Value Capture Case Studies: Atlanta BeltLine - Metropolitan Planning Council

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Value Capture Case Studies: Atlanta BeltLine

Image: ABI via Creative Loafing.

Value Capture Case Studies is an ongoing series highlighting ways in which cities and regions across the country are using value capture mechanisms to fund transportation plans.  These case studies present novel learnings for the Chicago region as it grapples with how to pay for necessary transportation improvements.  Each post will focus on real-life examples of value capture mechanisms at work.

To learn more about the basics of value capture read: Value capture case studies: What is value capture

Value capture mechanisms referenced in this post:

  • Tax Allocation District (similar to Tax Increment Financing)

Atlanta is widely known for its traffic gridlock and suburban sprawl. Over the last few decades, growth in region’s low-density suburbs has extended greater metropolitan Atlanta’s reach nearly to Chattanooga, Tenn. The average commuter in Atlanta spends 127 minutes on the road every day or more than 10.5 hours each week. This pattern of growth has resulted in unbalanced development and congested roads, and has strained the region’s economy and quality of life. Absent a plan to manage future growth, traffic gridlock will only get worse as the region is expected to gain 3 million people and 1.6 million jobs by 2040.  

Affordable housing constructed along the BeltLine.

Recognizing that Atlanta’s economic future was dependent on counteracting sprawl and reducing congestion, in 2005 the Atlanta City Council, Fulton County Board of Commissioners, and Atlanta Public School Board of Education approved the Atlanta BeltLine Redevelopment Plan, a comprehensive redevelopment and mobility project that will build a network of public parks, multi-use trails, workforce housing and transit. The BeltLine will increase the overall health and livability of the entire region over the next several decades, by targeting growth to infill areas in the south and west near transit and open space. The $2.8 billion BeltLine is the most ambitious public works project in the city’s history and one of the largest and most comprehensive urban redevelopment efforts underway in the United States. It will connect people with place – specifically, Atlanta’s urban core.

The $2.8 billion budget will build:

  • Transit: A 22-mile loop of rail transit, using mostly abandoned former rail lines, through 45 neighborhoods surrounding Atlanta’s urban core, with anticipated daily ridership of 73,000 people;
  • Trails: A 33-mile network of multi-use trails;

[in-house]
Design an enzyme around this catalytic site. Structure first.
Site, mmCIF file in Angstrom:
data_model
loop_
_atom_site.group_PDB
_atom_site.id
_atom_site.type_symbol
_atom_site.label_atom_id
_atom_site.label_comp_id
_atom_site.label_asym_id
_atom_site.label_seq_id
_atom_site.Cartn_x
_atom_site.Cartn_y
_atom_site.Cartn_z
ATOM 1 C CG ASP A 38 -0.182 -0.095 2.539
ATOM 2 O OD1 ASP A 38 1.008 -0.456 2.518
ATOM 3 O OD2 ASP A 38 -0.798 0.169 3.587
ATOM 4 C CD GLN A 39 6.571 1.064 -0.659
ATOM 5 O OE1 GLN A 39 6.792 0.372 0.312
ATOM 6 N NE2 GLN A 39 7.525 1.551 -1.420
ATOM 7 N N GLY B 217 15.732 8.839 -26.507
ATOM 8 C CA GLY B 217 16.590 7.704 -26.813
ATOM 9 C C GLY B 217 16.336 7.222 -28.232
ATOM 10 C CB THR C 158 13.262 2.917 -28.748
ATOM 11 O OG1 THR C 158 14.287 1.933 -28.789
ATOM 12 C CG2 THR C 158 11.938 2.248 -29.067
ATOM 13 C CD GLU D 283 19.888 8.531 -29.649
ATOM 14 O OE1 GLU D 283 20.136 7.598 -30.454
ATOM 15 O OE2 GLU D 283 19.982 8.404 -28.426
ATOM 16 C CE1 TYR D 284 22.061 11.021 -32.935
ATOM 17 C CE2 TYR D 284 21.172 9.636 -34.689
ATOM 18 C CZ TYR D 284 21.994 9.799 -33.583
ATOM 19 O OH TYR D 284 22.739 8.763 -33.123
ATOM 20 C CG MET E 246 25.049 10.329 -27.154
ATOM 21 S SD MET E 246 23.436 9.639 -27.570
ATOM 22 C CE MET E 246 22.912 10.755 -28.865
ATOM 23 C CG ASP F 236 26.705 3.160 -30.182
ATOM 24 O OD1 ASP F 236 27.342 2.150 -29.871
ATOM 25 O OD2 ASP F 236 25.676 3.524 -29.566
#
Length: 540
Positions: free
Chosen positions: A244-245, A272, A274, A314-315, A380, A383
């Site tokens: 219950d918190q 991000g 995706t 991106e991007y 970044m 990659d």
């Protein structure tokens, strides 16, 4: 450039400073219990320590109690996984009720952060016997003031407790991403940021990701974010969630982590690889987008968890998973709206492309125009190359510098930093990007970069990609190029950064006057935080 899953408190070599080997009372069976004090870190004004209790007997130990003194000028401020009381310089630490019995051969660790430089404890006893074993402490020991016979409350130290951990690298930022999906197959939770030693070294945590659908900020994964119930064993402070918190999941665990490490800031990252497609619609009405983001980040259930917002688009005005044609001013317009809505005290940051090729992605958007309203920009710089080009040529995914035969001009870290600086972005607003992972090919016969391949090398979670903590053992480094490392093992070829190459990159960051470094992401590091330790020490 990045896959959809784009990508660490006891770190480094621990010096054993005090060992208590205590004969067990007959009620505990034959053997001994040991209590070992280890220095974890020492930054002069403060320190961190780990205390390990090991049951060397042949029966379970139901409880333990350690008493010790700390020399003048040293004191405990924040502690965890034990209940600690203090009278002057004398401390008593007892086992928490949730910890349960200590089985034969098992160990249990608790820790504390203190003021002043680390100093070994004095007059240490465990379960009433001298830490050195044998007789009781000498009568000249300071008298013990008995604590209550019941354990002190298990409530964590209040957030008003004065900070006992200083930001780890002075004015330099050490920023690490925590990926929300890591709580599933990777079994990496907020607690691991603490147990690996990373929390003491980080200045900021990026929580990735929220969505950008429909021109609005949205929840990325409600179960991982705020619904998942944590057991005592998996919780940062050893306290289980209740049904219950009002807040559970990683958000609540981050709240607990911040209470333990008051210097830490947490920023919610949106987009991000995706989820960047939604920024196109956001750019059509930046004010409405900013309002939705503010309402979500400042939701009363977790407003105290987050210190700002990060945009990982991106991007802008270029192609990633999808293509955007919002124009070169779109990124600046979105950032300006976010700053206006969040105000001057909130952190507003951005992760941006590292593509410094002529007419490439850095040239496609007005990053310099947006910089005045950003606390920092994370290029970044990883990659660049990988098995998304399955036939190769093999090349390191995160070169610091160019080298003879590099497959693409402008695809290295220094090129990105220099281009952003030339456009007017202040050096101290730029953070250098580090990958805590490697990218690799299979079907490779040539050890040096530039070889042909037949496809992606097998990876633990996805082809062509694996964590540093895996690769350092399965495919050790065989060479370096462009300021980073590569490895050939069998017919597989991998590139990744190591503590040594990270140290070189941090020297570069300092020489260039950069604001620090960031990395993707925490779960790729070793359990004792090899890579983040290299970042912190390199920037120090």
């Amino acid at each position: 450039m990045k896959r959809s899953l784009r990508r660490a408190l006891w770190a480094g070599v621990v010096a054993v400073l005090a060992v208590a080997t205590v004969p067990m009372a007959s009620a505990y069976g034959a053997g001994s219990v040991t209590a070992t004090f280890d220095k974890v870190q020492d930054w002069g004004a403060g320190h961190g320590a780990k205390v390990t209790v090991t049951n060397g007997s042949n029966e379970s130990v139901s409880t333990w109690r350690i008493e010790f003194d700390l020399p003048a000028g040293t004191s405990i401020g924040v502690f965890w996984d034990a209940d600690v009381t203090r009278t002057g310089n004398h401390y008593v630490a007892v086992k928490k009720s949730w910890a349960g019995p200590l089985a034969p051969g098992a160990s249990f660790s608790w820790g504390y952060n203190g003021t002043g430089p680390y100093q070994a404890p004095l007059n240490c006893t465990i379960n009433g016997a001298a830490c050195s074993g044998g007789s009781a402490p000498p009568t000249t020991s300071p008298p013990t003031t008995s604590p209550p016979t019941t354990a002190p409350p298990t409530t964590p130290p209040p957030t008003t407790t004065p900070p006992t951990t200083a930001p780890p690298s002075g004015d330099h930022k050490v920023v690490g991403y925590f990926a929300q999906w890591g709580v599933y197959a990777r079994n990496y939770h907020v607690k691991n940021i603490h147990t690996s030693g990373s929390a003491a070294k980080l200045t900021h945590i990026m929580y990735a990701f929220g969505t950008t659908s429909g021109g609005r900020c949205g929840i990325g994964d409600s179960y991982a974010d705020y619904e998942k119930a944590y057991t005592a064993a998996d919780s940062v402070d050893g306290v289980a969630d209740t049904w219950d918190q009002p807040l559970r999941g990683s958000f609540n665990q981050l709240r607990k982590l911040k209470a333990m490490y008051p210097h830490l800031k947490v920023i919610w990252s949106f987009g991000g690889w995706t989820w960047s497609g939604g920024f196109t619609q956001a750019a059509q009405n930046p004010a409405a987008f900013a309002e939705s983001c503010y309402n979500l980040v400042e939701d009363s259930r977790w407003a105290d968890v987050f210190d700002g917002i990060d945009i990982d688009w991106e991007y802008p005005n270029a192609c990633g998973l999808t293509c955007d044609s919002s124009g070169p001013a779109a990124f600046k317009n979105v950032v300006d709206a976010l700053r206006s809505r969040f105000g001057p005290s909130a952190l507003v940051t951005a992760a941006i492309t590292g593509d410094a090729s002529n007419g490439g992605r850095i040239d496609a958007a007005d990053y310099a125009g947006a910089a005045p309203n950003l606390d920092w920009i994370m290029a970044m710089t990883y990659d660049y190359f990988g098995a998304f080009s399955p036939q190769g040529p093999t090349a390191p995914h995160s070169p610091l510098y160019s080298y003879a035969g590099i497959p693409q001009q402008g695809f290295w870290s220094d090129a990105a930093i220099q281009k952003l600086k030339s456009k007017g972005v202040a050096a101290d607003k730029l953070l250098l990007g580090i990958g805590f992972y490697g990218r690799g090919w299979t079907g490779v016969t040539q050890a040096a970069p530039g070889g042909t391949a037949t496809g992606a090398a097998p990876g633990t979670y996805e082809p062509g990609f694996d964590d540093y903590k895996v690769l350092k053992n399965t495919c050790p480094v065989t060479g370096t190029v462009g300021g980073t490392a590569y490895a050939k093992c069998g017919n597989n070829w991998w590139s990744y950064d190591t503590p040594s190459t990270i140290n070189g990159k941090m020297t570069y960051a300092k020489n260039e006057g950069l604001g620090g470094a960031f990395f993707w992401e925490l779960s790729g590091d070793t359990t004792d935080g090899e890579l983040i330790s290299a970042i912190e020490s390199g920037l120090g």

• Parks: Nearly 1,300 acres of new parks and green space that will increase Atlanta’s total green by nearly 40 percent; and  
  • Affordable workforce housing: More than 5,600 new units of affordable workforce housing.

In total, the 6,545 acres of redevelopment (approximately seven percent of the city’s land area) will create more than 29,000 new housing units, 30,000 new permanent jobs, 48,000 temporary construction jobs, 5.3 million sq. ft. of office space, over 1.3 million sq. ft. of retail space, and 5.2 million sq. ft. of industrial space.

BeltLine before and after.

The project is funded through philanthropic, and local, state, and federal public funds, including $1.7 billion in Tax Allocation District (TAD) dollars. Created in 2005 as part of the redevelopment plan, the 6,500 acre BeltLine TAD is the primary local source of funding for the project and operates the same way as a tax increment finance (TIF) district.

Atlanta BeltLine Inc., in partnership with the City of Atlanta, is the entity tasked with managing, securing funding and implementing the Atlanta BeltLine. Spending of BeltLine TAD bonds is approved by the Atlanta City Council, who approved the Atlanta BeltLine Redevelopment Plan with extensive community engagement and input. The redevelopment plan outlines the 25-year vision for the project.  In July 2006, Atlanta City Council approved the BeltLine Five-Year Work Plan, including priorities, goals, organizational structure, and a $427 million budget for the project’s first five years.

As part of the Community Engagement Framework authorized by the BeltLine legislation, the Tax Allocation District Advisory Committee (TADAC) was created to advise on how TAD funds are used. This committee is comprised of technical experts and community leaders and is managed through Atlanta BeltLine, Inc. The TADAC makes recommendations to the Atlanta Development Authority and the City on the issuance, allocation and distribution of tax allocation proceeds within the BeltLine Development Area; monitors the effective and equitable distribution of the BeltLine Redevelopment Plan; and measures the impact of the BeltLine.

How the Atlanta BeltLine’s TAD works